Sheffield Hallam University, Charles Street - Forterra


Bond Bryan Architects were appointed to develop Sheffield Hallam University’s Charles Street project after winning a national design competition. The project brief was developed by a shared collective vision between the client and Bond Bryan of creating a landmark building that encourages and supports innovative forms of teaching and learning.

The design concept is simple in that it uses the palimpsest of an historic lane as an urban design driver for the atrium space. The route itself functions as a showcase and social heart space for the building. Two flexible teaching blocks are positioned either side of the lane, clad in transparent and translucent glass panels. At the base the scheme opens out, showcasing the educational and social facilities within. The building is topped with a unique corten steel roofscape to reflect the historical significance of the site, creating a ‘landmark’ within the city.

Brickwork is a key component of the building and its context, Bond Bryan approached the design and detailing of this element as an opportunity to interact with the adjacent listed building, by creating a contemporary reflection of the existing brick detailing. Working alongside Forterra, Bond Ryan have utilised a pattern of projecting headers with single and double cant brickwork to create depth and address scale and massing. Aesthetically this particular brick was suggested and promoted to reflect the traditional red multi brick appearance of the heritage buildings adjacent. Additionally, the nature of the detailing within the brick facades demanded a brick of a highly durable and robust nature.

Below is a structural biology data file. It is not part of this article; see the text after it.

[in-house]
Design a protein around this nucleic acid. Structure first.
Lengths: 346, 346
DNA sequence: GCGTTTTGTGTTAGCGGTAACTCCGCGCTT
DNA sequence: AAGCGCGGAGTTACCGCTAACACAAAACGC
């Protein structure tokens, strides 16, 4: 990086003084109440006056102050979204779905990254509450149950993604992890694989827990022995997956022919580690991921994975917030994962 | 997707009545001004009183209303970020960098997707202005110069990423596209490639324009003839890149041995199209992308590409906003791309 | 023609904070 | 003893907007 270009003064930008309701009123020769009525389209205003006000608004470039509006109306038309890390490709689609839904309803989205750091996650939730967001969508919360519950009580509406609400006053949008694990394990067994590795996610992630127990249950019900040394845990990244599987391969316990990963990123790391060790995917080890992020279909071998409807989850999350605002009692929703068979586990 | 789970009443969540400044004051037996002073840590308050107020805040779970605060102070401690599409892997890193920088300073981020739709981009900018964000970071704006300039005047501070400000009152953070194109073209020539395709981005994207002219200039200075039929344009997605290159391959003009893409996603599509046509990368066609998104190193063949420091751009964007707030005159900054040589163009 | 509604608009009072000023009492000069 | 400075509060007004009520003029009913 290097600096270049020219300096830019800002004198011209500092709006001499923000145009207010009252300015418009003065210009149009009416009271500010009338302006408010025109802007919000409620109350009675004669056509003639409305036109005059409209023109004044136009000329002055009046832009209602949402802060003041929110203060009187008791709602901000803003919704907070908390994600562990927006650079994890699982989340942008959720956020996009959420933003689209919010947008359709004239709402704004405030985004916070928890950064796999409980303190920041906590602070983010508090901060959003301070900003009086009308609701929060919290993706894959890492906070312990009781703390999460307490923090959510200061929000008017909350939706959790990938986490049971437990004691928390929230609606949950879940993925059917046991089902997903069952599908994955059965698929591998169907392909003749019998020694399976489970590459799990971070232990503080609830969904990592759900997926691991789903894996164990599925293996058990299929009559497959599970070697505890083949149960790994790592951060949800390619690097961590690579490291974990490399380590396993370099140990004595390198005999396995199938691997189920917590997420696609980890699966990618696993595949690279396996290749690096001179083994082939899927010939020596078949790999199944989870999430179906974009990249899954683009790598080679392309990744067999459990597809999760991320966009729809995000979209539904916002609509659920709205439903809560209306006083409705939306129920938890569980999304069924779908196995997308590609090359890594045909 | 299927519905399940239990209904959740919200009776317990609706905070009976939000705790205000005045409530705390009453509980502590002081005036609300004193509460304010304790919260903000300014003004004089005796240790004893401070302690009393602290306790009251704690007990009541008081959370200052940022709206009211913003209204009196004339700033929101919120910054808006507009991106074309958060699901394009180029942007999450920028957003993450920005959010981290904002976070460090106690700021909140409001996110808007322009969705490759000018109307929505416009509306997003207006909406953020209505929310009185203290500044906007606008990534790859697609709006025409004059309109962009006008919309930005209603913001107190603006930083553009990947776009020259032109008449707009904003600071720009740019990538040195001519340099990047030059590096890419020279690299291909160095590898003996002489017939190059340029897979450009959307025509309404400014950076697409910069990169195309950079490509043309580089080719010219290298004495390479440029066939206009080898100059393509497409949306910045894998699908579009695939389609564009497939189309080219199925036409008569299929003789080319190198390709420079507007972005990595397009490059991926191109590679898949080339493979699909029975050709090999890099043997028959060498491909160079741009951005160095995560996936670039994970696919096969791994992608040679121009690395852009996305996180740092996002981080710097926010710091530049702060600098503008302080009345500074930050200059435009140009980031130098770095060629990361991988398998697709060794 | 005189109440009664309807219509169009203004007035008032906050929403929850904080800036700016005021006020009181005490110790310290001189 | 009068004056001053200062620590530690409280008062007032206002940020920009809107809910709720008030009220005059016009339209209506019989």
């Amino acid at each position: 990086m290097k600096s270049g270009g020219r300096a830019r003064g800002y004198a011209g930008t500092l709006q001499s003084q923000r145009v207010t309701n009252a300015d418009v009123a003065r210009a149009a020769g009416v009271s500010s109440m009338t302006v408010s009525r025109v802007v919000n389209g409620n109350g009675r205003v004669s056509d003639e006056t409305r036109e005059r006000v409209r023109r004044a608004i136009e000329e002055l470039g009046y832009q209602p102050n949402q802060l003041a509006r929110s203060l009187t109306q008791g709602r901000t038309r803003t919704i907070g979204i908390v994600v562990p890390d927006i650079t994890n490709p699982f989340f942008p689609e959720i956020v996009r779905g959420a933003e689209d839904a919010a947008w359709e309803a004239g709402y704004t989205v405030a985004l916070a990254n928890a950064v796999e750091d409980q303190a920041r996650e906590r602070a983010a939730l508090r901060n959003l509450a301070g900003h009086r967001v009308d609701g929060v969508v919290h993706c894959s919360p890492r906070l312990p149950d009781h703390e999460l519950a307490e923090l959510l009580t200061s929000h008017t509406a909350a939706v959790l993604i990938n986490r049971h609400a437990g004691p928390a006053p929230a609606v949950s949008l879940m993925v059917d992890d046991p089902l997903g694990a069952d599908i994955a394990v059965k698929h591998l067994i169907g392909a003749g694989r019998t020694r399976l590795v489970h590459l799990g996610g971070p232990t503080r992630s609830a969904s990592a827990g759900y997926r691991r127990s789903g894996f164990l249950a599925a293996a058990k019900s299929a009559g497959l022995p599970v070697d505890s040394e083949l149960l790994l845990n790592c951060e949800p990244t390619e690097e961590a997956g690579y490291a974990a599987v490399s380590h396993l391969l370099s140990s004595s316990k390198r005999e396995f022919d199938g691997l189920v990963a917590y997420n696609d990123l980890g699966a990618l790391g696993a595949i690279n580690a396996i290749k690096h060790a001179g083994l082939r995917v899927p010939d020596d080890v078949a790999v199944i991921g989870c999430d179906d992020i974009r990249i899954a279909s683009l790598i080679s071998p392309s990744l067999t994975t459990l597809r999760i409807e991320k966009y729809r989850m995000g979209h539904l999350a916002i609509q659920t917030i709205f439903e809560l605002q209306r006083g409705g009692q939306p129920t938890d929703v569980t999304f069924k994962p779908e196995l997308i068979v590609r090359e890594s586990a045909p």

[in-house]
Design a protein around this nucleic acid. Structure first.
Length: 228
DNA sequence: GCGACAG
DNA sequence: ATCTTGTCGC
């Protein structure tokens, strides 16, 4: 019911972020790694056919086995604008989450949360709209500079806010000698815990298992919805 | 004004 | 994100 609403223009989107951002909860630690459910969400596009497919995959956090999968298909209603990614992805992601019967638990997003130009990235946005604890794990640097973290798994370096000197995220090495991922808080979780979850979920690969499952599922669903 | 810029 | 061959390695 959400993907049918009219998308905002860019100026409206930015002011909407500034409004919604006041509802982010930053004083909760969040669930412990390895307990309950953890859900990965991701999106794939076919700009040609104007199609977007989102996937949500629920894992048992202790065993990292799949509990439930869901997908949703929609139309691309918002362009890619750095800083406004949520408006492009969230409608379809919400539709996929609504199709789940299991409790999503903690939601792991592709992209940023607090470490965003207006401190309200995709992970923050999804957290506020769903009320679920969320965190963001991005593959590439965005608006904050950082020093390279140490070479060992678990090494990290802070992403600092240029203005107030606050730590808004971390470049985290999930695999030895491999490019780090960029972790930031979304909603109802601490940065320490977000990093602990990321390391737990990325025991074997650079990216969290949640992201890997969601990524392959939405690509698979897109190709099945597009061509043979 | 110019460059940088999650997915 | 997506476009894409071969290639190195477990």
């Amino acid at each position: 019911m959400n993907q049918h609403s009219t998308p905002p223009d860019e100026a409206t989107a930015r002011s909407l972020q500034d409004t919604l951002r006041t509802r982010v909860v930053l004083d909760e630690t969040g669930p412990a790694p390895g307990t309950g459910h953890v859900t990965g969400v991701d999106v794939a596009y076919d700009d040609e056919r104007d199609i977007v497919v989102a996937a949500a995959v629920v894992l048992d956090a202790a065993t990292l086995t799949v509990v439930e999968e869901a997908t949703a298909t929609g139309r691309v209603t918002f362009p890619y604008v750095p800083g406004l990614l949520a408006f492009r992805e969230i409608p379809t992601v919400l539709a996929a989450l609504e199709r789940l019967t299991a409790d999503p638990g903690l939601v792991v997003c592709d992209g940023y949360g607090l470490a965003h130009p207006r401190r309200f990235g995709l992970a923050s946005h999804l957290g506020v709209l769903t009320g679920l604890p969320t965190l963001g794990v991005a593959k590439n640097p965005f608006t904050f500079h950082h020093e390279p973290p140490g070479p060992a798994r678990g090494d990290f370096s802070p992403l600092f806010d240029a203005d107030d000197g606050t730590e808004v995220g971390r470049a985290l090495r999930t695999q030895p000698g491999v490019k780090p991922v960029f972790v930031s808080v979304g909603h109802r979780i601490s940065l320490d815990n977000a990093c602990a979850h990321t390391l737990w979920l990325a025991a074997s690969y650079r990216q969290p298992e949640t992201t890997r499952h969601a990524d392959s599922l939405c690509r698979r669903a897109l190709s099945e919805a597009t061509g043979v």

The Dark Multi Smooth facing brick is manufactured at Forterra’s Wilnecote factory in Staffordshire. The bricks are manufactured from the renowned Staffordshire Eturia Marl Clay, which is synonymous with bricks manufactured for the infrastructure of the railways and waterways that have performed admirably in these demanding applications since Victorian times.

At early pre-contract stage Bond Ryan worked alongside the specialist suppliers to look at the various practicalities with the shapes that formed the patterned detailing. This early understanding of the project enabled them to manufacture the bricks in an optimal manner to assist in achieving appropriate distinction in the details. Notably the single and double cant special shapes that form the diaper patterns are a slightly darker shade to pronounce the detail. This was achieved by firing bricks independently in supplementary “shuttle” kilns away from the main “tunnel” kiln which fires the standard facing bricks. This gives some flexibility on the firing profile of the special shapes to assist in subtly enhancing the detail. The process was also employed to manufacture the solid projecting bricks, with the team also able to re-configure the manufacture of the single and double cant special shapes to avoid any perforations occurring on the bed surface indentations.

All bricks for the project were made bespoke and reserved against a schedule of requirements submitted by Limetree Brickwork Contractors.

The completed elevations provide a real sense of place within the city’s Cultural Industries Quarter, a conservation area, and ensure a distinct dialogue with the context.